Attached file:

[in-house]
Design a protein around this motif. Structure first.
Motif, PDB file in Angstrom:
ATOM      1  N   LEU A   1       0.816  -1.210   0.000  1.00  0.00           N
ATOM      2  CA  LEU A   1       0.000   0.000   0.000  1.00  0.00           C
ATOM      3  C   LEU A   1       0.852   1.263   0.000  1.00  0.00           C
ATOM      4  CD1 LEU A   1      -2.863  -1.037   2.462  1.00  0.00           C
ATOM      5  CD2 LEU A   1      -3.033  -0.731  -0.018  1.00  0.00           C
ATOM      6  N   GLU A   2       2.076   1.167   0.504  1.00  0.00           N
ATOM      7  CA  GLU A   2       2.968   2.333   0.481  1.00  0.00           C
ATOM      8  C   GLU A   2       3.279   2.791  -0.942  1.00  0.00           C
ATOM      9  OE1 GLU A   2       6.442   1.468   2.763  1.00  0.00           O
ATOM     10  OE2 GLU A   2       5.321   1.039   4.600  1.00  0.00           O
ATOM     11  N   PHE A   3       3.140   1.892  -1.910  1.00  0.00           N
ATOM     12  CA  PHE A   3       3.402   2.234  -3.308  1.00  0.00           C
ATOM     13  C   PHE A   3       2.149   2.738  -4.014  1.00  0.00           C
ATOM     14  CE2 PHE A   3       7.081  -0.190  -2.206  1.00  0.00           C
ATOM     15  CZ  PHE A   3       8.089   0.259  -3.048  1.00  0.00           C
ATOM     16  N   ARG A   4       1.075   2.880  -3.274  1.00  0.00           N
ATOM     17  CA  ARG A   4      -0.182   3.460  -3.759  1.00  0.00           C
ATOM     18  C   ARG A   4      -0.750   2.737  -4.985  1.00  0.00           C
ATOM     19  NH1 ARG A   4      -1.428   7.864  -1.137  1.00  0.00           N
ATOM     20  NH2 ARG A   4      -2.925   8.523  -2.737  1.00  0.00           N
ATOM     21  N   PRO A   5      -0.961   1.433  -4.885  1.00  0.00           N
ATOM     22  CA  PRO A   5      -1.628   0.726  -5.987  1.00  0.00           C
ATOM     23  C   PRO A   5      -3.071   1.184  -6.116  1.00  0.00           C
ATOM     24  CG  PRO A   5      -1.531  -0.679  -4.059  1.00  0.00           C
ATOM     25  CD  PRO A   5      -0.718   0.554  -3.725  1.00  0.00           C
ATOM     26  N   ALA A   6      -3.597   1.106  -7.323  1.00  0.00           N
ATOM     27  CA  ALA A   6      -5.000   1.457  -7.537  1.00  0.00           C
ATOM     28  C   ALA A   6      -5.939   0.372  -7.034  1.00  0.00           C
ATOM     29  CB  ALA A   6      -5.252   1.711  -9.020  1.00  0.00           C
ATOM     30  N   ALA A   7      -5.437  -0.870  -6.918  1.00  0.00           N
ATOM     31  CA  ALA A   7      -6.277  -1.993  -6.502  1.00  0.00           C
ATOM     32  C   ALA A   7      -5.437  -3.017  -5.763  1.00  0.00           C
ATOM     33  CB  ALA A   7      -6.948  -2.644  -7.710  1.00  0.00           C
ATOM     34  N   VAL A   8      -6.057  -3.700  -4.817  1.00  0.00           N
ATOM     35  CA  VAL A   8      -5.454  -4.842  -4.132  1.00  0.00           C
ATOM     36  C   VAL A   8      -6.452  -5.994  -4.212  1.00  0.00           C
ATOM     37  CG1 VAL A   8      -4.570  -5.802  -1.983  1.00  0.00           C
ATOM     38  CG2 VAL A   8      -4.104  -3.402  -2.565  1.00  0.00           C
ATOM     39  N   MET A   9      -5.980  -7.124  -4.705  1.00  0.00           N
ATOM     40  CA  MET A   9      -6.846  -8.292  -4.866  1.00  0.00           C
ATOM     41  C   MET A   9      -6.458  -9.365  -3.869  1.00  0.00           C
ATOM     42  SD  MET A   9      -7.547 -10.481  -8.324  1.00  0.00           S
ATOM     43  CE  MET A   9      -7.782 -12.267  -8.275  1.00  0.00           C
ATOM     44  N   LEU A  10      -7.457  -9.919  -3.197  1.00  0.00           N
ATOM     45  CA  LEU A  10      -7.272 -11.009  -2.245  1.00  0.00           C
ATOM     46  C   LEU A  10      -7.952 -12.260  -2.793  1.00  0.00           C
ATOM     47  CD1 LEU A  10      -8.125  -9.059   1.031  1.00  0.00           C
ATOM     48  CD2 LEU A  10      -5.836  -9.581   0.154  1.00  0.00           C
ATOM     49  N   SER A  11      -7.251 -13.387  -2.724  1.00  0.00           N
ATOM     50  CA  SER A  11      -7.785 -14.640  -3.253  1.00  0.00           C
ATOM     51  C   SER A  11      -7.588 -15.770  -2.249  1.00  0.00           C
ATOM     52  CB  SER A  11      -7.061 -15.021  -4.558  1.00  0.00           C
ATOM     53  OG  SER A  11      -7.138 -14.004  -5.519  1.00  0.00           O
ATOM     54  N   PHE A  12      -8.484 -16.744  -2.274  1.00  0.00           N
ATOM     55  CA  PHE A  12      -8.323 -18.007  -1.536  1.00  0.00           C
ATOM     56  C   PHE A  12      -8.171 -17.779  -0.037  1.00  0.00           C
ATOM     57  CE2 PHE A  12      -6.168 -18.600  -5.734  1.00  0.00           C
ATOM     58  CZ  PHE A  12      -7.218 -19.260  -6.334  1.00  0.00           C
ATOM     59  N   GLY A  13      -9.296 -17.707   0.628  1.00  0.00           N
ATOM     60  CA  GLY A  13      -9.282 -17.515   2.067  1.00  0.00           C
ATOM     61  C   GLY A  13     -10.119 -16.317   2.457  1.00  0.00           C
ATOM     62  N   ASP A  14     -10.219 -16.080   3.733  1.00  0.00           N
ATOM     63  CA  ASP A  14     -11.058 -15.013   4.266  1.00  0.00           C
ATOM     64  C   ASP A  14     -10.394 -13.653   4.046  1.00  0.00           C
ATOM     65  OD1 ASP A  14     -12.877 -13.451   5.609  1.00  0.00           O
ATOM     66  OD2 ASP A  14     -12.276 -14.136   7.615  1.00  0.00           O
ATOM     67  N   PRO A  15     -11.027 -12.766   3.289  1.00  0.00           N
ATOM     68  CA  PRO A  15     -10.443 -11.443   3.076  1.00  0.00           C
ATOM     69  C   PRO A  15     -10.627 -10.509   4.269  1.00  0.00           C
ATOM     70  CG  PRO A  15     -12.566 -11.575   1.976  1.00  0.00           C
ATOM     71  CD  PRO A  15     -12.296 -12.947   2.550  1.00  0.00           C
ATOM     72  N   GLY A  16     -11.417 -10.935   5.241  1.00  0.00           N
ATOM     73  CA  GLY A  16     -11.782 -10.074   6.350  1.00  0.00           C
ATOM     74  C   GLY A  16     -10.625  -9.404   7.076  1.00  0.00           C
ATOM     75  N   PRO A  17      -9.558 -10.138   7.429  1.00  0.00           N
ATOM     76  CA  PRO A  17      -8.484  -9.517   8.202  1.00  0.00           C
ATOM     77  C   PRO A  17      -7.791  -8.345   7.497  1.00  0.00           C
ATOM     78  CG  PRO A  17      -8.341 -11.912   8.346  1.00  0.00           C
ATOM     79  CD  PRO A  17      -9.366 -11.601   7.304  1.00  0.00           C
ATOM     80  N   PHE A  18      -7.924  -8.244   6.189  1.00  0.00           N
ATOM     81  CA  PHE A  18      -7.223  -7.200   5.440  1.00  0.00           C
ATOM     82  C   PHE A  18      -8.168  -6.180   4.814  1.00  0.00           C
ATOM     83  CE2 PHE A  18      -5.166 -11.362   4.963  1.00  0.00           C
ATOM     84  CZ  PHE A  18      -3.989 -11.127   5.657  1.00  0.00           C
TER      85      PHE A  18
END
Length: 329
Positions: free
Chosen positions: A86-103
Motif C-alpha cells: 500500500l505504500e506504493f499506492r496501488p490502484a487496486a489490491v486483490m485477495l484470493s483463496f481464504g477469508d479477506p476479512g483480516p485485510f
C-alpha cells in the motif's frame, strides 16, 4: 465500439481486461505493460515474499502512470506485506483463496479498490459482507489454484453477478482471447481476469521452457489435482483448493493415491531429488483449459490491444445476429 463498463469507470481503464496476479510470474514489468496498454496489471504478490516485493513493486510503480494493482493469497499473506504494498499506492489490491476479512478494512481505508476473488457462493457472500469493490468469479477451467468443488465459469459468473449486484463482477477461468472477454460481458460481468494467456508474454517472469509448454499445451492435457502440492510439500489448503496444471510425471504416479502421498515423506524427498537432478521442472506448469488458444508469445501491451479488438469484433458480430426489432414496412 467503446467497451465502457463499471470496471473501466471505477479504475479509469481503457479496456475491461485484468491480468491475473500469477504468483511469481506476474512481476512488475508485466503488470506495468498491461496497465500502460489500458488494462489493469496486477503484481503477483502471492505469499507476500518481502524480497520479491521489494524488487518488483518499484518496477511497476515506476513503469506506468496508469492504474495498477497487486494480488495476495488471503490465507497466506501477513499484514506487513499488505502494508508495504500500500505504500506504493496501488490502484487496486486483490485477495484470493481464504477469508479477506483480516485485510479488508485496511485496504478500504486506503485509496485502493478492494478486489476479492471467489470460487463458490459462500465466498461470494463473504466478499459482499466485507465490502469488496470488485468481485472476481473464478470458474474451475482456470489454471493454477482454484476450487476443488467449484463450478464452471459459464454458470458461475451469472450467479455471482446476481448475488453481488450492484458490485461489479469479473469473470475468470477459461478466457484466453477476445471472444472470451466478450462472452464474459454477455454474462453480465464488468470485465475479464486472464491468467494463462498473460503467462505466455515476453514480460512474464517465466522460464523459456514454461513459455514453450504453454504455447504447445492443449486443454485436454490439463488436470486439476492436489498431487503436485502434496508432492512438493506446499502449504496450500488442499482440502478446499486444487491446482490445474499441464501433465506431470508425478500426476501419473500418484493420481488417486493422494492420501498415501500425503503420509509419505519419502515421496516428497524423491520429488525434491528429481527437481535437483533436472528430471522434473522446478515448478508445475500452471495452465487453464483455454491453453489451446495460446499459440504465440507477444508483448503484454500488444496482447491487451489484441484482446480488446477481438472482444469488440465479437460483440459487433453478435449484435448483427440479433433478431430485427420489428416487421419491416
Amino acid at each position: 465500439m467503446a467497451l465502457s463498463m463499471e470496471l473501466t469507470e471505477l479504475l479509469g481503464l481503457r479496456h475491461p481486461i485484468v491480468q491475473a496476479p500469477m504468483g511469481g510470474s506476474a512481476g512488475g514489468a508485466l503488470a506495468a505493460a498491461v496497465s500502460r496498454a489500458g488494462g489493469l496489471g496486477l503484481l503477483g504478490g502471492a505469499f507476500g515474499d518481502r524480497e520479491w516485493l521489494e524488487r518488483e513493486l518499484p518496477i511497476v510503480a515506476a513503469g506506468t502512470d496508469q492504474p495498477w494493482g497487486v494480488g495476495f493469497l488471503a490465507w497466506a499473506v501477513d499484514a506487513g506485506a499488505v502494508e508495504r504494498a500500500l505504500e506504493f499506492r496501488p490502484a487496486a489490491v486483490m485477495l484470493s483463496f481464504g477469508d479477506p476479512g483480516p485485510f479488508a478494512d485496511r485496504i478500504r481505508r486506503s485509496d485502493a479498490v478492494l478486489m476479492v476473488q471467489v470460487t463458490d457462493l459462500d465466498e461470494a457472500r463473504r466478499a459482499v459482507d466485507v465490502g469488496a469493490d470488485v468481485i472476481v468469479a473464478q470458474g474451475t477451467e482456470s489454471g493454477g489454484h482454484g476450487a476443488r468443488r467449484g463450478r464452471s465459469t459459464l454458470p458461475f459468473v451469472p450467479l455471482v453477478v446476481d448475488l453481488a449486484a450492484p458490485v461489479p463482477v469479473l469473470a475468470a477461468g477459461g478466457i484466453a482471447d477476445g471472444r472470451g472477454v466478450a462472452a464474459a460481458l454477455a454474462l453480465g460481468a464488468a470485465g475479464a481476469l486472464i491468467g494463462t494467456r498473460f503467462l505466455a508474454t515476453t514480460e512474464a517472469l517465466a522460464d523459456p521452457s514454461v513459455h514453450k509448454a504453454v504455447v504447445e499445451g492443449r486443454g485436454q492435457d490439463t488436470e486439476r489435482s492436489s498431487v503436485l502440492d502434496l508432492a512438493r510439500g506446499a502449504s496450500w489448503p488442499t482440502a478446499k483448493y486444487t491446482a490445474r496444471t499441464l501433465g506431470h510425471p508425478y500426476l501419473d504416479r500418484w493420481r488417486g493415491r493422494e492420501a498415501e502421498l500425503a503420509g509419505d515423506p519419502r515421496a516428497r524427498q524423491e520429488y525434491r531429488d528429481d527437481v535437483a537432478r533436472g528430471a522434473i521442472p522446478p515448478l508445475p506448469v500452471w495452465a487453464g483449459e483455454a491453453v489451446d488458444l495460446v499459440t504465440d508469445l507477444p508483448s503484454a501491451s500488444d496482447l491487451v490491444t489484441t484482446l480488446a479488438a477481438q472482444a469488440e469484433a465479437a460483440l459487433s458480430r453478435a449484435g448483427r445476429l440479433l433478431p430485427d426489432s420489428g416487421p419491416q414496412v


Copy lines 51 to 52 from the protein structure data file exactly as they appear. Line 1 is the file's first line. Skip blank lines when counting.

ATOM     48  CD2 LEU A  10      -5.836  -9.581   0.154  1.00  0.00           C
ATOM     49  N   SER A  11      -7.251 -13.387  -2.724  1.00  0.00           N